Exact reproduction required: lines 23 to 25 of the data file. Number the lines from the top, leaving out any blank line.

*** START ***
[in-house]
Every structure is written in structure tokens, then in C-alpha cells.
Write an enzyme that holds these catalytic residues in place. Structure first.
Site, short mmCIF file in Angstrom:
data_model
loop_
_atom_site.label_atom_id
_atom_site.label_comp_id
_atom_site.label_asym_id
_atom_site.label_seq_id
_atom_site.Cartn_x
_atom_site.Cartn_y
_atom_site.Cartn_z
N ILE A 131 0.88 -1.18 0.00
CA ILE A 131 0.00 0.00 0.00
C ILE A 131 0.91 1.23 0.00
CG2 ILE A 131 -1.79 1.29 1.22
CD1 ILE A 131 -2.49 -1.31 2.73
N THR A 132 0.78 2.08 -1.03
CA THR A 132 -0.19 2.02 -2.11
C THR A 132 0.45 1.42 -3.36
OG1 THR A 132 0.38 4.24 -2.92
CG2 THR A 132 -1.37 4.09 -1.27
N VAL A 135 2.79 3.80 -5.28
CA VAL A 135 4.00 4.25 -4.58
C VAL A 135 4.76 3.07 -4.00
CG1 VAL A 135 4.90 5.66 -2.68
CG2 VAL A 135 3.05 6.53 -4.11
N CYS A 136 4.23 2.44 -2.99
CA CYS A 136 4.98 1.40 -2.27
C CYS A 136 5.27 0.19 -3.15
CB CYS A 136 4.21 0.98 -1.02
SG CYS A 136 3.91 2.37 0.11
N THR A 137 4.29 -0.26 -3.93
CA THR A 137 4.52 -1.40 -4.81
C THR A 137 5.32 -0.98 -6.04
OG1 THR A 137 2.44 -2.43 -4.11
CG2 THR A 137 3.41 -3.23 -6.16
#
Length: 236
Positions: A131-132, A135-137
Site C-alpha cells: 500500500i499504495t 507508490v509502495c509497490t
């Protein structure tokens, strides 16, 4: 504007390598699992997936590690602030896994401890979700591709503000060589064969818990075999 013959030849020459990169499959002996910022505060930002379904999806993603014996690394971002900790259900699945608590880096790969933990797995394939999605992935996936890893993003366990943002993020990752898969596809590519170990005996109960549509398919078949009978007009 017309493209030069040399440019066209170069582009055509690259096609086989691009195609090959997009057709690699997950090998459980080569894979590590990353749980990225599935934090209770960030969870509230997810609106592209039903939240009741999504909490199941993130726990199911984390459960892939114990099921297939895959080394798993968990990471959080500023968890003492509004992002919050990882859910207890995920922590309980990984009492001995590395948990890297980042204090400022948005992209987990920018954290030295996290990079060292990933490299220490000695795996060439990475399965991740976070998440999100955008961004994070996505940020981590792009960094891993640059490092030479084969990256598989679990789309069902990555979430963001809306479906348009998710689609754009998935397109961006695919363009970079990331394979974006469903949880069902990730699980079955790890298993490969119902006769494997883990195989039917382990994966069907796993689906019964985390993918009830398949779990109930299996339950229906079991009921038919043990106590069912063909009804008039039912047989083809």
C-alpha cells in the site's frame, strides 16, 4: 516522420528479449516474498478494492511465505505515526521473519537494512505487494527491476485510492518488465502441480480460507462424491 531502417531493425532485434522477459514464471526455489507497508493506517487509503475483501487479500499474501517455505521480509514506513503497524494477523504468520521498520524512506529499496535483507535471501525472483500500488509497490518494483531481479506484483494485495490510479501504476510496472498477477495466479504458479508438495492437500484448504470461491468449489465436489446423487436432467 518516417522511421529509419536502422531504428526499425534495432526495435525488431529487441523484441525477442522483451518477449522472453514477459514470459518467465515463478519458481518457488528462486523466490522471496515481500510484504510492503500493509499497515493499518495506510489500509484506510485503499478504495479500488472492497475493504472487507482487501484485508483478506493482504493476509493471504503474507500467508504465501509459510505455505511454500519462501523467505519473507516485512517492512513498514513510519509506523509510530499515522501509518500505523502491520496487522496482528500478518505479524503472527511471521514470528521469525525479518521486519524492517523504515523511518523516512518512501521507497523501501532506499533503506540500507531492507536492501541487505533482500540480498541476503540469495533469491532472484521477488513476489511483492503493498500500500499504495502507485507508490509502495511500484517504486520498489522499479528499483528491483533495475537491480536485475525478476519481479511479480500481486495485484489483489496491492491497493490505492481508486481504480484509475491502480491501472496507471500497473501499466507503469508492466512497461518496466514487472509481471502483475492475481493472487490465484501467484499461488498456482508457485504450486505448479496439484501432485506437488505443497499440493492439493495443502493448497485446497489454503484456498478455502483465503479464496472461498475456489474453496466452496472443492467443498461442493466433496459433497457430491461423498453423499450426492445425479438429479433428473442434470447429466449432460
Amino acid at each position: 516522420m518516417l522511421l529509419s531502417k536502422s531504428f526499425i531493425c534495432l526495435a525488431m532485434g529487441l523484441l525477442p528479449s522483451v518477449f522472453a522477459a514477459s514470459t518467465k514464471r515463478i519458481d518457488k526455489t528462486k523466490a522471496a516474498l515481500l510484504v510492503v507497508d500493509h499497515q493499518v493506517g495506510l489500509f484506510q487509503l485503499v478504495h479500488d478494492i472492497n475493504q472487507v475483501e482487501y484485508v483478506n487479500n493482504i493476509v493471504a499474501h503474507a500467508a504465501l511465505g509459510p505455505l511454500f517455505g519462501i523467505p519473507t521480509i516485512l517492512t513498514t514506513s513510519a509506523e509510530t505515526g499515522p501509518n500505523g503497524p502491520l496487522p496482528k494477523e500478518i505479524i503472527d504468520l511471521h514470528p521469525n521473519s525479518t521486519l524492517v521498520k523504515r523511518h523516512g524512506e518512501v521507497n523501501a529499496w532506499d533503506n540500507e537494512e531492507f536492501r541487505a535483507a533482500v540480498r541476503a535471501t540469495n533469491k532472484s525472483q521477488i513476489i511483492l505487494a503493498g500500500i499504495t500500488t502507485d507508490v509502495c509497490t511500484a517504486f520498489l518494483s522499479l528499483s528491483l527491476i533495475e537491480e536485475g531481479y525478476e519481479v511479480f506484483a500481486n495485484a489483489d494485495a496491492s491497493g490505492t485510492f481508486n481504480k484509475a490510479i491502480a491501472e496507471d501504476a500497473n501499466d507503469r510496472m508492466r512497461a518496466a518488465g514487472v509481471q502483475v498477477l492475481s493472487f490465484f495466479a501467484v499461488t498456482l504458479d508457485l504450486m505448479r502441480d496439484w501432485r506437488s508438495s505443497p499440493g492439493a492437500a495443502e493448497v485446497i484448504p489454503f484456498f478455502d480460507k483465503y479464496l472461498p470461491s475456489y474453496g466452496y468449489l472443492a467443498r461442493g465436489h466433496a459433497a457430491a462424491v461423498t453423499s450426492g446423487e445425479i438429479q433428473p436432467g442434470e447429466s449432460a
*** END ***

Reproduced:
CG2 THR A 132 -1.37 4.09 -1.27
N VAL A 135 2.79 3.80 -5.28
CA VAL A 135 4.00 4.25 -4.58